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How to Handle Small Business Finances

If starting a business is not something that you have not done before, keeping track of finances could be a very complex and sometimes an overwhelming task. Even though there are many acronyms and accounting terminology that a layman may not understand – here are few steps to get you started.

The most important step in keeping your finances, is document every expenditure and gain for a financial year. Always retain receipts and write down all non-receipted expenditures as you go. You do not need complex accounting software to do this, just use a simple journal. Keep a note of the amount spent or received, date, source and purpose. If you have a lot of cash coming in, but there is barely some leftover at the end of the month, it could be a reason that that there are many undocumented cash expenses in your account.

Another important point is, always keep business and personal finances separate. Of course as a small business owner you will need access to both sources at difficult times, however keep a track of where the money goes. Whenever you withdraw more than allocated amount from either of the accounts, be disciplined to work a little harder to pay that back as soon as possible.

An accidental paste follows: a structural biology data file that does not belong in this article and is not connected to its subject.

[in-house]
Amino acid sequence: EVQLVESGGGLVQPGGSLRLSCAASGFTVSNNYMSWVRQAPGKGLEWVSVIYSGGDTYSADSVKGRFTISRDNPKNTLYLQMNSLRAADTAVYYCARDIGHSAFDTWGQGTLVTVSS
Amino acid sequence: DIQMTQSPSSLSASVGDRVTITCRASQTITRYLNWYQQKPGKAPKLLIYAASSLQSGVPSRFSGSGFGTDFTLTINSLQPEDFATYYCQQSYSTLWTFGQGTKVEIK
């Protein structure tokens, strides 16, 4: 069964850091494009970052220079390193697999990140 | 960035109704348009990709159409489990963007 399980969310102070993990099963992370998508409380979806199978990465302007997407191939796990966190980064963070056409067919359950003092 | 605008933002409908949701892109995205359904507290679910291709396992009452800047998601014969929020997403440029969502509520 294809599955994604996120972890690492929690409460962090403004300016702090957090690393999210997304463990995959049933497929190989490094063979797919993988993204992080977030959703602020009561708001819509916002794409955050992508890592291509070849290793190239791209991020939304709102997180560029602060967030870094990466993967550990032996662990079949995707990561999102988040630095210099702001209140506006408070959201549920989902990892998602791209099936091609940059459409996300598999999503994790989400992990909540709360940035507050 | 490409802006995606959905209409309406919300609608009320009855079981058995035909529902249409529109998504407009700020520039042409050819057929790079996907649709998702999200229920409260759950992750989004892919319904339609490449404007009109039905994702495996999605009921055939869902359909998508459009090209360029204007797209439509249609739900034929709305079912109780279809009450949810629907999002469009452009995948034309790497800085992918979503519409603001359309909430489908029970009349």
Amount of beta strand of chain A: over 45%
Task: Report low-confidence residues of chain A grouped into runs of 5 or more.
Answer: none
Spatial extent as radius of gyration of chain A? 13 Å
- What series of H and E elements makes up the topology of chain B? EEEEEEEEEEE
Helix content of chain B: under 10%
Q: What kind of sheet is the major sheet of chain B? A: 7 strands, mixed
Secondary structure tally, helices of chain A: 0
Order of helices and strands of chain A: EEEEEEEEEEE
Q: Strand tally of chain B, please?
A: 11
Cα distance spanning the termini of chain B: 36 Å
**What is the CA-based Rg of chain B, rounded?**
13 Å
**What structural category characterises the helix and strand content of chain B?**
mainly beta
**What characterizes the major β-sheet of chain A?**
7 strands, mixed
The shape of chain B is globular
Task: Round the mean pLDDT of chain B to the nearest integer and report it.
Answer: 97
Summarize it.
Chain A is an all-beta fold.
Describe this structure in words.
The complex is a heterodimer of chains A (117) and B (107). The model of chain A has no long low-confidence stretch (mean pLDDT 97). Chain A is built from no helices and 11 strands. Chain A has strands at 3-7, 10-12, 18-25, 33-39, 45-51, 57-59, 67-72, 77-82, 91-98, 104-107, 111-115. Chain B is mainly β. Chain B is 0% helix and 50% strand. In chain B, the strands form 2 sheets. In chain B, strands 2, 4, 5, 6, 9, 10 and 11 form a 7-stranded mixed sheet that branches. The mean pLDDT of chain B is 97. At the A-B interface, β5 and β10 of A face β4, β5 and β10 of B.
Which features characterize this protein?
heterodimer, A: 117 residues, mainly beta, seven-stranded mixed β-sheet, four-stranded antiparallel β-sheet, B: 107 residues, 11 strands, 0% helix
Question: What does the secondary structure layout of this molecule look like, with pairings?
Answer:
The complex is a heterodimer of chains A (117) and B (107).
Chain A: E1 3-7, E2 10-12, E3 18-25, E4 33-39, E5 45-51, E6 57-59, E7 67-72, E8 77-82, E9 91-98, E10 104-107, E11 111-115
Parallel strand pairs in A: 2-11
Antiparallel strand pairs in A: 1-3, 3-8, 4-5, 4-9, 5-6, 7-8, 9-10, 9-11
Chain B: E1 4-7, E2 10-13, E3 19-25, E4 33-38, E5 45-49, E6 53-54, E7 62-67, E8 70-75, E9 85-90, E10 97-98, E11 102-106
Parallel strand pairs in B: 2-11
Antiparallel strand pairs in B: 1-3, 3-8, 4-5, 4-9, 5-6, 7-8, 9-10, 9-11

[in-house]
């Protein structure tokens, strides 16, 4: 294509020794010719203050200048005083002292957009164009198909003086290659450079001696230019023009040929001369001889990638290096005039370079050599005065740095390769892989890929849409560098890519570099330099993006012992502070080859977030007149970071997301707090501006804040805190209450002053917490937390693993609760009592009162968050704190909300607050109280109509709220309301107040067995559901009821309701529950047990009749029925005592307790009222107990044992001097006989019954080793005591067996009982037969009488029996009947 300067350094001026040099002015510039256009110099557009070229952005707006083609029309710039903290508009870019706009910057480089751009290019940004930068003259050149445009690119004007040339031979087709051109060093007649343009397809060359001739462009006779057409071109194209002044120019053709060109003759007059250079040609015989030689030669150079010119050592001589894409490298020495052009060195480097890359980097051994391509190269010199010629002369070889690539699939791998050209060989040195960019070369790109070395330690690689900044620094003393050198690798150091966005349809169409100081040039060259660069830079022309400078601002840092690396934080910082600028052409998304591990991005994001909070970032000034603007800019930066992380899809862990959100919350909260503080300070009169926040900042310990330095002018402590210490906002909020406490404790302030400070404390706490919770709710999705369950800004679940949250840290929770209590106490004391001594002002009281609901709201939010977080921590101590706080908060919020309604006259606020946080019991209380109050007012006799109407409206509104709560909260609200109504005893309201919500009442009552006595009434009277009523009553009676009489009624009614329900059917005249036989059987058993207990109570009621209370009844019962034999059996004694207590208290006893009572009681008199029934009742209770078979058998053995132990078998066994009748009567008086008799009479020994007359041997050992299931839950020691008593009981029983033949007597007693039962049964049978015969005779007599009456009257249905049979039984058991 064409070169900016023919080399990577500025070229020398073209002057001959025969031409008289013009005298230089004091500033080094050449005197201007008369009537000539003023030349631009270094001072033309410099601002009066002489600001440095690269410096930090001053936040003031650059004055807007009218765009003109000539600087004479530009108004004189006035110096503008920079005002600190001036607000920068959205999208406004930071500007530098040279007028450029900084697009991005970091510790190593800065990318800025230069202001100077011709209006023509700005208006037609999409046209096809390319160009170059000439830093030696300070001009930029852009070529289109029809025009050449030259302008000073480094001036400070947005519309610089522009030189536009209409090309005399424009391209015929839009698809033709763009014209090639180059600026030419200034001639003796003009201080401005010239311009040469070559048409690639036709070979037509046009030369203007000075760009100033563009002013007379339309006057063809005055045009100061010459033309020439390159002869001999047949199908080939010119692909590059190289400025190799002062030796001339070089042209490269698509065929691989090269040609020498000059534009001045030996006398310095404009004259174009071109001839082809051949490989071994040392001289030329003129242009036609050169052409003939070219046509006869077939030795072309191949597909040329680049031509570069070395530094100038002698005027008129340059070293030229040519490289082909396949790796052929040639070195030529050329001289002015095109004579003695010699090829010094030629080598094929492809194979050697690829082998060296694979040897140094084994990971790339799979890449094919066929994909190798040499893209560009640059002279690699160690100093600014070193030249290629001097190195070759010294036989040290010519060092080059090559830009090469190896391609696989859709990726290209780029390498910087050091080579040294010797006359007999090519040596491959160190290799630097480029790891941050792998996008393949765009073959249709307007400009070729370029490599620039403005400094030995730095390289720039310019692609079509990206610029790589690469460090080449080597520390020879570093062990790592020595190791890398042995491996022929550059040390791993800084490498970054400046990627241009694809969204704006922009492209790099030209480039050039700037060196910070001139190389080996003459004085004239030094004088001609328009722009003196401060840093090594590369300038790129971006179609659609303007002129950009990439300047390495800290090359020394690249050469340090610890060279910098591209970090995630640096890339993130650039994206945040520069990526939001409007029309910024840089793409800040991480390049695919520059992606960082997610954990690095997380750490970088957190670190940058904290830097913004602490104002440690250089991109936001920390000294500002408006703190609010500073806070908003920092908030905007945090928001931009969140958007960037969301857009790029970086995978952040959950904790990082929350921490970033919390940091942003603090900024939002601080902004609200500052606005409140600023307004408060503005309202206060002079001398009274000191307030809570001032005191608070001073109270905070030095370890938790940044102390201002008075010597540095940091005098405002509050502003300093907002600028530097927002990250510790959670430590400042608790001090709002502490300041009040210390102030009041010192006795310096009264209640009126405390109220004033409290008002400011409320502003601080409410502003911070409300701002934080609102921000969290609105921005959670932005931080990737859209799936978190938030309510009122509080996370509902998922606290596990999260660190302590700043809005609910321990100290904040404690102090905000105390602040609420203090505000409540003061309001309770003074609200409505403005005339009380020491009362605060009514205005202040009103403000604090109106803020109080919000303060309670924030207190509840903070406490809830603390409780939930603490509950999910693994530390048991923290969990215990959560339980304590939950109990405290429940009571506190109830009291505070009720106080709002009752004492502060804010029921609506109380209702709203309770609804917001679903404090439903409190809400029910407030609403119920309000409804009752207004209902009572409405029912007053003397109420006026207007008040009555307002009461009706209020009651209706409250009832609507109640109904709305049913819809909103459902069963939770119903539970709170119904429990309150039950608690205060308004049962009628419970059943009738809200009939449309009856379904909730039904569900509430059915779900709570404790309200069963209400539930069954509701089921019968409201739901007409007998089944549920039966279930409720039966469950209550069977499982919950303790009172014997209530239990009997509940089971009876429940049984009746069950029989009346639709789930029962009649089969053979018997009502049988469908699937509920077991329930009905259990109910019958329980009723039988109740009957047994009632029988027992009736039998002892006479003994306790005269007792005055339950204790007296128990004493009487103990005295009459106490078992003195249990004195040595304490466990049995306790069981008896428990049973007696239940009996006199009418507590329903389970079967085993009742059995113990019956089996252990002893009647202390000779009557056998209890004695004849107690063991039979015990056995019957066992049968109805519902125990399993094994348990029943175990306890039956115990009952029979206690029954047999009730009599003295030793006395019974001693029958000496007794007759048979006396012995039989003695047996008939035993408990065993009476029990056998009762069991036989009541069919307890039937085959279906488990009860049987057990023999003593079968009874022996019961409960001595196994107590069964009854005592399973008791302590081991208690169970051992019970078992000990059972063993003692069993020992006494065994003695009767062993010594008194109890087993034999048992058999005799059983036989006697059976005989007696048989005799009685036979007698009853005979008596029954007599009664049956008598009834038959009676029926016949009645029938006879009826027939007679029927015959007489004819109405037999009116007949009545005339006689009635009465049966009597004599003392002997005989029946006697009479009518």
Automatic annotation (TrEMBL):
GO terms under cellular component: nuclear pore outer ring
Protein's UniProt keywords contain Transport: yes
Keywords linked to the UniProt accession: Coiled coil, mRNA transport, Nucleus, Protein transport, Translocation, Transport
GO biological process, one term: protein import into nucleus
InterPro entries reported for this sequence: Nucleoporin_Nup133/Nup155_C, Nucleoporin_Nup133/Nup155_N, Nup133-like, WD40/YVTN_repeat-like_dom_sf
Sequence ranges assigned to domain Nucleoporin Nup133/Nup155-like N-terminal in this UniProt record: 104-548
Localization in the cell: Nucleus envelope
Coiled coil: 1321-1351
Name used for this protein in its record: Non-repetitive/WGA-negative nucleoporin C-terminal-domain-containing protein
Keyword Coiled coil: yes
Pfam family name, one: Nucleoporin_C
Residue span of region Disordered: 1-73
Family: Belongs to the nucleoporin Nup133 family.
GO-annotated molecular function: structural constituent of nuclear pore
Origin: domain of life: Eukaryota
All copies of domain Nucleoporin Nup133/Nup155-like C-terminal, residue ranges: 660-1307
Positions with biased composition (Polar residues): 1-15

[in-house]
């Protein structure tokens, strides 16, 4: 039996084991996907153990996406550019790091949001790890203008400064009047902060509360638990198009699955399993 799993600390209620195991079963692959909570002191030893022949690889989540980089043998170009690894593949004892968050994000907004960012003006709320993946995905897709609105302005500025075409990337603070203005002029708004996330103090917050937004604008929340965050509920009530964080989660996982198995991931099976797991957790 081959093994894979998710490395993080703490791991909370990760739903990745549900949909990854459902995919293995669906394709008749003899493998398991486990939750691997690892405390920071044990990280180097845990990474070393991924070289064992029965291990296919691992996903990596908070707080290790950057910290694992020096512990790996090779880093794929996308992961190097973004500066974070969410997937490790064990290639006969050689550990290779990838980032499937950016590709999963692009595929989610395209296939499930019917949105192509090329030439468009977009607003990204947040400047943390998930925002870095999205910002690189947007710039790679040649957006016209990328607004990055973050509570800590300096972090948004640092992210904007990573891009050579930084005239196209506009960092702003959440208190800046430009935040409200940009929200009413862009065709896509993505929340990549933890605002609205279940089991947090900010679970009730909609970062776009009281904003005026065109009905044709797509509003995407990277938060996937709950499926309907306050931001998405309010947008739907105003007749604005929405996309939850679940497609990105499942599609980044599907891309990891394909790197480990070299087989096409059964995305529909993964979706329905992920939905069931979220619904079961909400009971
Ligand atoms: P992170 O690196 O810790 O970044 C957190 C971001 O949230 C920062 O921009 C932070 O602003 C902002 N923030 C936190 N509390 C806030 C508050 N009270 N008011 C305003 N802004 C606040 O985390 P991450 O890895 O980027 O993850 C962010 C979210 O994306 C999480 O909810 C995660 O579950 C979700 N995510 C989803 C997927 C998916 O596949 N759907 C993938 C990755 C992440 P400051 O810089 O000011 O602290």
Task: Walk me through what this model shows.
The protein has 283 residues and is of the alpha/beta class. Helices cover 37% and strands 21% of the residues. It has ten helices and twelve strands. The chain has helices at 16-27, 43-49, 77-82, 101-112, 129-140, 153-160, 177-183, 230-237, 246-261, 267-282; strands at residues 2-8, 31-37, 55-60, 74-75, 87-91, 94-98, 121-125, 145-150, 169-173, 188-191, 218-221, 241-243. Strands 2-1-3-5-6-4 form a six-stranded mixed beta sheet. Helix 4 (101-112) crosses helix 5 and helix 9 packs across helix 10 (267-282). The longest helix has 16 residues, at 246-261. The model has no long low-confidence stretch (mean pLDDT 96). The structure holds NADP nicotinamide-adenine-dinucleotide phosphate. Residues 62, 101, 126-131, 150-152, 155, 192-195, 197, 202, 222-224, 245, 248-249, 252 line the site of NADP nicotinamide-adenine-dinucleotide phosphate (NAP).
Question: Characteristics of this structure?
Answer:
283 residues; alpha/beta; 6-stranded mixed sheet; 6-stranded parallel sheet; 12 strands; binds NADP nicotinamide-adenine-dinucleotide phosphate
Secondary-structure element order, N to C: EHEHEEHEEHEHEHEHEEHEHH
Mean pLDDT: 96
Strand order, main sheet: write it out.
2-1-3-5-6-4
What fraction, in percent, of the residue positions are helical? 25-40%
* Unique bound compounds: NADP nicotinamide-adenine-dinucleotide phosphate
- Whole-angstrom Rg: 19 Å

Learn about the tax-deductions and exceptions in your industry. Governments give tax exceptions to some expenses for your personal services because you are the business owner. Therefore spend some time learning about the taxation rules and benefits that can affect your business both positively and negatively.

4 Key Tips to Help Increase Your Chances of Getting Small Business Financing

As a small business owner your ability to secure small business financing will in fact determine how successful you are. Unfortunately, few business owners know how to improve their chances of getting a business loan which is why when the time comes they are not able to secure the loan they need to keep their business running.

Tip no. 1: Familiarize yourself with the bankers in your community’s financial institutions

Prior to applying for a loan you should find out exactly which institutions in your community issue loans to businesses like yours. Not every bank specializes in giving business loans and those that do may only lend money to businesses in certain industries. Some lenders only lend to businesses that are at a certain stage of their business cycle. This is why it is important that you only work with bankers who are familiar with your industry. One big reason why you should work with banks that know about your industry is because they can give you some solid business advice. This advice stems for their experience working with other businesses in your industry and so they have come to understand the problems they face.